Gypsophila

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Gypsophila
Gypsophila repens - close-up (aka).jpg
Gypsophila repens
Scientific classification
Kingdom: Plantae
(unranked): Angiosperms
(unranked): Eudicots
(unranked): Core eudicots
Order: Caryophyllales
Family: Caryophyllaceae
Genus: Gypsophila
L.
Species

about 150

Gypsophila /ɪpˈsɒfɪlə/[1][2] is a genus of flowering plants in the carnation family, Caryophyllaceae. They are native to Eurasia, Africa, Australia, and the Pacific Islands.[3] Turkey has a particularly high diversity of Gypsophila taxa, with about 35 endemic species.[4] Some Gypsophila are introduced species in other regions.[3]

The genus name is from the Greek gypsos ("gypsum") and philios ("loving"), a reference to the gypsum-rich substrates on which some species grow.[3] Plants of the genus are known commonly as baby's-breath,[3][5] a name which also refers specifically to the well known ornamental species Gypsophila paniculata.

Description[edit]

Gypsophila are annual and perennial herbs often growing from a thick taproot or a branching caudex, sometimes with rhizomes. The stems are usually erect and branching or sprawling, or in a few species prostrate along the ground. The leaves are variable in shape. The inflorescence is usually a cyme or a thyrse, branching intricately. Each small flower has a cup-like calyx of white-edged green sepals containing five petals in shades of white or pink. The fruit is a rounded or oval capsule opening at valves. It contains several brown or black seeds which are often shaped like a kidney or a snail shell.[3]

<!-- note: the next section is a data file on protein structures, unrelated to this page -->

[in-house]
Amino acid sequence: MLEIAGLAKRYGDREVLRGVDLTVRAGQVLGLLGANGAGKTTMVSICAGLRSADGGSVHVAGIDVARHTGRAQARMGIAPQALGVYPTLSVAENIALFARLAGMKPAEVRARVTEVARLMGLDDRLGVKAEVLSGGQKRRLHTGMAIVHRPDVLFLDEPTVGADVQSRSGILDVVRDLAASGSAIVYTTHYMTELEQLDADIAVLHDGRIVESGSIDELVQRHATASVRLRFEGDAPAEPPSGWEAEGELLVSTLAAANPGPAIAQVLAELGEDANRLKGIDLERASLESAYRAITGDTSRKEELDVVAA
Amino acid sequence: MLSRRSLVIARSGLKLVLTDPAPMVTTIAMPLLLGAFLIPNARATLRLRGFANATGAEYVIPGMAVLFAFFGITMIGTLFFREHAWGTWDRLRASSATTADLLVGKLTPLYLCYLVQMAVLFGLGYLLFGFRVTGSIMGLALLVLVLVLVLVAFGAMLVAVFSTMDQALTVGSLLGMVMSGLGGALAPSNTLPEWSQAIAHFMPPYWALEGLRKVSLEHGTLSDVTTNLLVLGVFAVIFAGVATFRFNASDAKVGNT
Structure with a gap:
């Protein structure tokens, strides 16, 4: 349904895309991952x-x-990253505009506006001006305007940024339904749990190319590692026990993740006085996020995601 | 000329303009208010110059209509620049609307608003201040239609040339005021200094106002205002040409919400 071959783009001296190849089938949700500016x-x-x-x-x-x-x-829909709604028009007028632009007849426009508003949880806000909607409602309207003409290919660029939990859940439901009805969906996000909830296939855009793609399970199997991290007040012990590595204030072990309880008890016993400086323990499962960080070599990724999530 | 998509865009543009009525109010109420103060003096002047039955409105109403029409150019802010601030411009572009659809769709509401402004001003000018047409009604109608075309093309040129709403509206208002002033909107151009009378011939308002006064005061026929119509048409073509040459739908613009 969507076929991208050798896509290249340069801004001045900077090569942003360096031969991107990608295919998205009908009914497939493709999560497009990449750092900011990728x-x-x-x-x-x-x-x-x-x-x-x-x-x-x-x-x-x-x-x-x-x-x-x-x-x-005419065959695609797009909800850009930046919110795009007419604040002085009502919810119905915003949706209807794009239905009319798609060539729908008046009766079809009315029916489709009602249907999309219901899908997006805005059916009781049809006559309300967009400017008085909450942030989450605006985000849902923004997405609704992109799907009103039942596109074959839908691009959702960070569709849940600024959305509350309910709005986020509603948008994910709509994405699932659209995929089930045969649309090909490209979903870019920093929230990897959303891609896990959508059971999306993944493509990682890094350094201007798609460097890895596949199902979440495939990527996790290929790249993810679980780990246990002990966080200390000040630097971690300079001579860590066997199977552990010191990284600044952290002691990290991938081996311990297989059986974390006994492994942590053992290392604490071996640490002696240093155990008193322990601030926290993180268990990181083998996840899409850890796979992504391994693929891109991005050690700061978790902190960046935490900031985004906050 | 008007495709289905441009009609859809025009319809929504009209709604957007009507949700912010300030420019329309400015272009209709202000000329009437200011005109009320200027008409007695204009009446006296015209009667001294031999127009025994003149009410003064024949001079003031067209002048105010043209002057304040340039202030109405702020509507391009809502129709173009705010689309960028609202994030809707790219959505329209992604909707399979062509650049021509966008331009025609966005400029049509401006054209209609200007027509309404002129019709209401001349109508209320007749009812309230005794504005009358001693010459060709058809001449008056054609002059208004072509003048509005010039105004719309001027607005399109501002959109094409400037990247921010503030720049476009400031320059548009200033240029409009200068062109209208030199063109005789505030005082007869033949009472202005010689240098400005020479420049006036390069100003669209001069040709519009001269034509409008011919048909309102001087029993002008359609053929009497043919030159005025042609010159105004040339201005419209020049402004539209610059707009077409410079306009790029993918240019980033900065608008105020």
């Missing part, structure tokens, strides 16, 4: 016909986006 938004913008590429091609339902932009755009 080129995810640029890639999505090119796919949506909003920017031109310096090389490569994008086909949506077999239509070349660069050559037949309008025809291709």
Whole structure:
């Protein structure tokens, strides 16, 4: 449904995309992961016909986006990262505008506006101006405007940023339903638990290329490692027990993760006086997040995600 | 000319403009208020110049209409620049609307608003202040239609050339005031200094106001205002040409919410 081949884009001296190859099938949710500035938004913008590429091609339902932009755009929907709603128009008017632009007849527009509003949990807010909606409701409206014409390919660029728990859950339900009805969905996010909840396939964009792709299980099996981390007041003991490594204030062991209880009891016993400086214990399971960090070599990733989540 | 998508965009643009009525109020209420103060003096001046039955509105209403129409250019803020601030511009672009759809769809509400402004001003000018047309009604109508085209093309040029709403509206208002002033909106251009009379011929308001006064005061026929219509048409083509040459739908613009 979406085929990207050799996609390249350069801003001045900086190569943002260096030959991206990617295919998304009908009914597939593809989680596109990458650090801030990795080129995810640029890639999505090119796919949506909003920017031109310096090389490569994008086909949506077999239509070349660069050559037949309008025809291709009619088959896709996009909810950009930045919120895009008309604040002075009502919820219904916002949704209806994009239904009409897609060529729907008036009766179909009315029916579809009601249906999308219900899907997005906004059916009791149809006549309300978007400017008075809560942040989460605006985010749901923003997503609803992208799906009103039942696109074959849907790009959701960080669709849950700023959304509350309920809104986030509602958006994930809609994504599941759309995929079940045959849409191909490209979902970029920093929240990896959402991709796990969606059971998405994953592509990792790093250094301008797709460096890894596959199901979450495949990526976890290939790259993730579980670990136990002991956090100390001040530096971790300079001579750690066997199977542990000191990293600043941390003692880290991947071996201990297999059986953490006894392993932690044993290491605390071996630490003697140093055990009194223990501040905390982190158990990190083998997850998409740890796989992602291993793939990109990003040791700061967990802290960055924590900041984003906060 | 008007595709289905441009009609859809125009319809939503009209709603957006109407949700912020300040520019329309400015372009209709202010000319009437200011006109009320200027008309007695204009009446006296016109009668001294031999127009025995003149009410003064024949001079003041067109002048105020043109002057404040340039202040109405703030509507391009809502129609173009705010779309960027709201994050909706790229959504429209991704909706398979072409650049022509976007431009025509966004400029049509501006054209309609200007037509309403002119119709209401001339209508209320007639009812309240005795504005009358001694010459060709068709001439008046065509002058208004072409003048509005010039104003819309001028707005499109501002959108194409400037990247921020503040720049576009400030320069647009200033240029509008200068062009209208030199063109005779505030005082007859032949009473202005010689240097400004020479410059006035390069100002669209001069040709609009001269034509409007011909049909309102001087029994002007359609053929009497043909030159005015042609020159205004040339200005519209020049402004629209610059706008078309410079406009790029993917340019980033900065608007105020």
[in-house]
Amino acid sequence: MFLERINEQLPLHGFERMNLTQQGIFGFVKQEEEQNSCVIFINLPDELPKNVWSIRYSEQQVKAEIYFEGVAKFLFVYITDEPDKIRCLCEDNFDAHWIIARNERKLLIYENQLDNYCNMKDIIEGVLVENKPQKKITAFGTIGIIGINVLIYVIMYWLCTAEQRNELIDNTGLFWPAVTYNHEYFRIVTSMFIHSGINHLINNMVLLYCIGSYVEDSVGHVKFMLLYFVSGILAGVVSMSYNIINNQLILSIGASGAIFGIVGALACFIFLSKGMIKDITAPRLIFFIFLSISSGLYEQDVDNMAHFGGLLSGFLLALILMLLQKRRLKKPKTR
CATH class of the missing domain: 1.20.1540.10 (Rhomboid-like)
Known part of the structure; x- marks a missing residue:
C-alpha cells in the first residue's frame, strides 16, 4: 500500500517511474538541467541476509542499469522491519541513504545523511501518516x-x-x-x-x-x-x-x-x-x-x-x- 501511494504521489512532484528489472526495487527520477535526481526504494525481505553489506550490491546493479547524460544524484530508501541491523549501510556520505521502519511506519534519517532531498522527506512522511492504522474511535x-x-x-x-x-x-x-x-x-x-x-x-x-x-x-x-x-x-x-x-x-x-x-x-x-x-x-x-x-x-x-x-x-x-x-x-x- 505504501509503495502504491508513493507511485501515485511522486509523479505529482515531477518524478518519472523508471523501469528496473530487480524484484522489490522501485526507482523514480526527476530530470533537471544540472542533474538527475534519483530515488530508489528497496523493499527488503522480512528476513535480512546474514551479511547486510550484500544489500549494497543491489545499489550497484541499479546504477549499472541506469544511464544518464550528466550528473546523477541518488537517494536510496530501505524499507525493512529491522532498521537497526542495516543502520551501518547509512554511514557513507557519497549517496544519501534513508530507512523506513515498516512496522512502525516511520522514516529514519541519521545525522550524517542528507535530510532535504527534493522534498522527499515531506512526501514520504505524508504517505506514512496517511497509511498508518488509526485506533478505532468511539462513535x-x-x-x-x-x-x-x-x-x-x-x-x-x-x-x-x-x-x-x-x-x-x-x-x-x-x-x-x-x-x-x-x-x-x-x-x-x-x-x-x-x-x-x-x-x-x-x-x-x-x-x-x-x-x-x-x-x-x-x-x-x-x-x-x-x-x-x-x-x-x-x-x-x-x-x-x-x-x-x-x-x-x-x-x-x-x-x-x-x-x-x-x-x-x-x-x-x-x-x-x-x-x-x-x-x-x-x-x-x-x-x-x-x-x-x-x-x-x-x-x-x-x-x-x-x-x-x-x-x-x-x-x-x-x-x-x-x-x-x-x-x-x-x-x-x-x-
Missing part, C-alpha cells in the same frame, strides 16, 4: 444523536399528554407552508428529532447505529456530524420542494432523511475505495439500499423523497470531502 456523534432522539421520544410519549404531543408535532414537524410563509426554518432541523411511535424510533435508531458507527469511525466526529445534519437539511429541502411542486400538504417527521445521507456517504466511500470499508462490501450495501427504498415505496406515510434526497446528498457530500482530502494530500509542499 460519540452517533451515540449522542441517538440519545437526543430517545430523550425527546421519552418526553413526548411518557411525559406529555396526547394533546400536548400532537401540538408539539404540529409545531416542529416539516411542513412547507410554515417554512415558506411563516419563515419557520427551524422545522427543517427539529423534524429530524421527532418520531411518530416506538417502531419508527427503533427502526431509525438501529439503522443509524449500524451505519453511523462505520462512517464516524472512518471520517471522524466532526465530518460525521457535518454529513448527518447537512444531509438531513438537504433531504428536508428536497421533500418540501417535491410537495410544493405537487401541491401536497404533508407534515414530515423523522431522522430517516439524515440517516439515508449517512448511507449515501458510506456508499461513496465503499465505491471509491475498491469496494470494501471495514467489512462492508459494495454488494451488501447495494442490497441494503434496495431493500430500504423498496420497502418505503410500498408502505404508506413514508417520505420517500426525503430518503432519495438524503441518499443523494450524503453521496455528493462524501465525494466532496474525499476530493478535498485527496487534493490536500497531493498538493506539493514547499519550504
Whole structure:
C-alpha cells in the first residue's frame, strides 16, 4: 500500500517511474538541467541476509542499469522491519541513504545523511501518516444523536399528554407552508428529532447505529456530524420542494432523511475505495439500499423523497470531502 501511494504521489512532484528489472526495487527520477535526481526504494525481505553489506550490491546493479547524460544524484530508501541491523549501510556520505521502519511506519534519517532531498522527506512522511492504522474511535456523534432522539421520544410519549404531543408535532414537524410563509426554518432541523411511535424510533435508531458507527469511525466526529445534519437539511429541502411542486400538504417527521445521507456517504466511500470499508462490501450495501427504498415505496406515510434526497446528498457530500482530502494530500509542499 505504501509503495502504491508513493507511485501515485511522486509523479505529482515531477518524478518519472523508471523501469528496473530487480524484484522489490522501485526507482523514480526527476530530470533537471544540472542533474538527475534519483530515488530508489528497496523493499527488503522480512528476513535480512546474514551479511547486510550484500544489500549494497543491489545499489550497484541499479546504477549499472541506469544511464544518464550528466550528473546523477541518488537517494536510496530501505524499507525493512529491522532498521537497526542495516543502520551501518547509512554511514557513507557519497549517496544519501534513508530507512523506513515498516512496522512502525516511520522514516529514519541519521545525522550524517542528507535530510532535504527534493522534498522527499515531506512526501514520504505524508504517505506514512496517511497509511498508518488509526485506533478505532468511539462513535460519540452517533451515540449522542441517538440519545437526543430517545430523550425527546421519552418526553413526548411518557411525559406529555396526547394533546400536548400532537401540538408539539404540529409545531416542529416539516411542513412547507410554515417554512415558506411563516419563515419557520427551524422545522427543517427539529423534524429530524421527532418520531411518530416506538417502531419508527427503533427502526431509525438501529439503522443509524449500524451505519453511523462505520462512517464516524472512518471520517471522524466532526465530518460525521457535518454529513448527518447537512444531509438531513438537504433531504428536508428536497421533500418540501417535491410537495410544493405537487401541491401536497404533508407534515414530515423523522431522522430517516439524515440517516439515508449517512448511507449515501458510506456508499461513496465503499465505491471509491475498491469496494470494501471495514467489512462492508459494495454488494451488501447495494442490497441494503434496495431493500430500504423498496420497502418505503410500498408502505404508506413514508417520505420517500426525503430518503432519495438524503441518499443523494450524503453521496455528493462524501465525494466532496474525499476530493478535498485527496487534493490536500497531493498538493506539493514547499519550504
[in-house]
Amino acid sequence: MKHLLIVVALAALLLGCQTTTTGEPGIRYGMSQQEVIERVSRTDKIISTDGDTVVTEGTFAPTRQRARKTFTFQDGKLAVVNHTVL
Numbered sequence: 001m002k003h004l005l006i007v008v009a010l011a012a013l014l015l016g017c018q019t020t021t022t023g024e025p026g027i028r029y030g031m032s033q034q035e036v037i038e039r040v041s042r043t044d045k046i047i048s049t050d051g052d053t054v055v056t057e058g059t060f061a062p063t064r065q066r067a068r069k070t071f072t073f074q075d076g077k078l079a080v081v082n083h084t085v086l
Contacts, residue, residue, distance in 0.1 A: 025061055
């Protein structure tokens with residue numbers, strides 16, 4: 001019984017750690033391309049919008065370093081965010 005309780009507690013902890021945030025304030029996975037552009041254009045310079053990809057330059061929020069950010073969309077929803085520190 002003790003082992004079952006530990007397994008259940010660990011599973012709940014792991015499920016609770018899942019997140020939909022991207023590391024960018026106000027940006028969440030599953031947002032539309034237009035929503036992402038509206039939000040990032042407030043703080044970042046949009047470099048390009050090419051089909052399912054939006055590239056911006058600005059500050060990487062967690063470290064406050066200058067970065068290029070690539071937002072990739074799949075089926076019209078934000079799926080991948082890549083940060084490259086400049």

Uses[edit]

A few species are commercially cultivated for several uses, including floristry, herbal medicine, and food. The baby's-breath most commonly used in flower arrangements such as bouquets is the common gypsophila, G. paniculata.[6] G. elegans is also used as a cut flower.[7]

The genus is a source of saponins that can be used for many purposes, including the production of photographic film and hemolytic laboratory reagents. Their detergent qualities make them useful in soap and shampoo.[6]

G. rokejeka is used to make the dessert halva.[6] Species are also ingredients in liqueur, cheese, and ice cream, providing flavor, aroma, and crispness to foods.[8]

Several species are hyperaccumulators of boron, and may be planted to absorb the element from polluted soils.[8]

Ecology[edit]

Some species are known as weeds, including the "aggressive ornamental" G. paniculata, which invades habitat and competes with native flora.[9]

Selected species[edit]

There are about 150 species in the genus.[3][10]

Right frame 
Gypscrop.jpg
Gypsophila sp. seeds

Species include:

References[edit]

  1. ^ Sunset Western Garden Book, 1995:606–607
  2. ^ Gypsophila at USDA PLANTS Database
  3. ^ a b c d e f Gypsophila. Flora of North America.
  4. ^ Korkmaz, M., et al. (2012). Habitat properties of some Gypsophila L. (Caryophyllaceae) taxa of Turkey. Biyoloji Bilimleri Araştırma Dergisi (BİBAD) 5(2), 111-25.
  5. ^ Gypsophila. Integrated Taxonomic Information System (ITIS).
  6. ^ a b c Henry, M. Gypsophila paniculata L. (baby's breath): in vitro culture and the production of gypsogenin saponins. In: Medicinal and Aromatic Plants IV (pp. 187-206). Springer Berlin Heidelberg. 1993.
  7. ^ Gypsophila elegans. Landscape Horticulture. American University of Beirut.
  8. ^ a b Korkmaz, M., et al. Economic importance and using purposes of Gypsophila L. and Ankyropetalum Fenzl (Caryophyllaceae) of Türkiye. In: 2nd International Symposium on Sustainable Development, June 8-9, 2010, Sarajevo.
  9. ^ Baby's Breath (Gypsophila paniculata). Plant Health & Pest Management, Ministry of Agriculture, British Columbia.
  10. ^ Gypsophila. The Plant List.

External links[edit]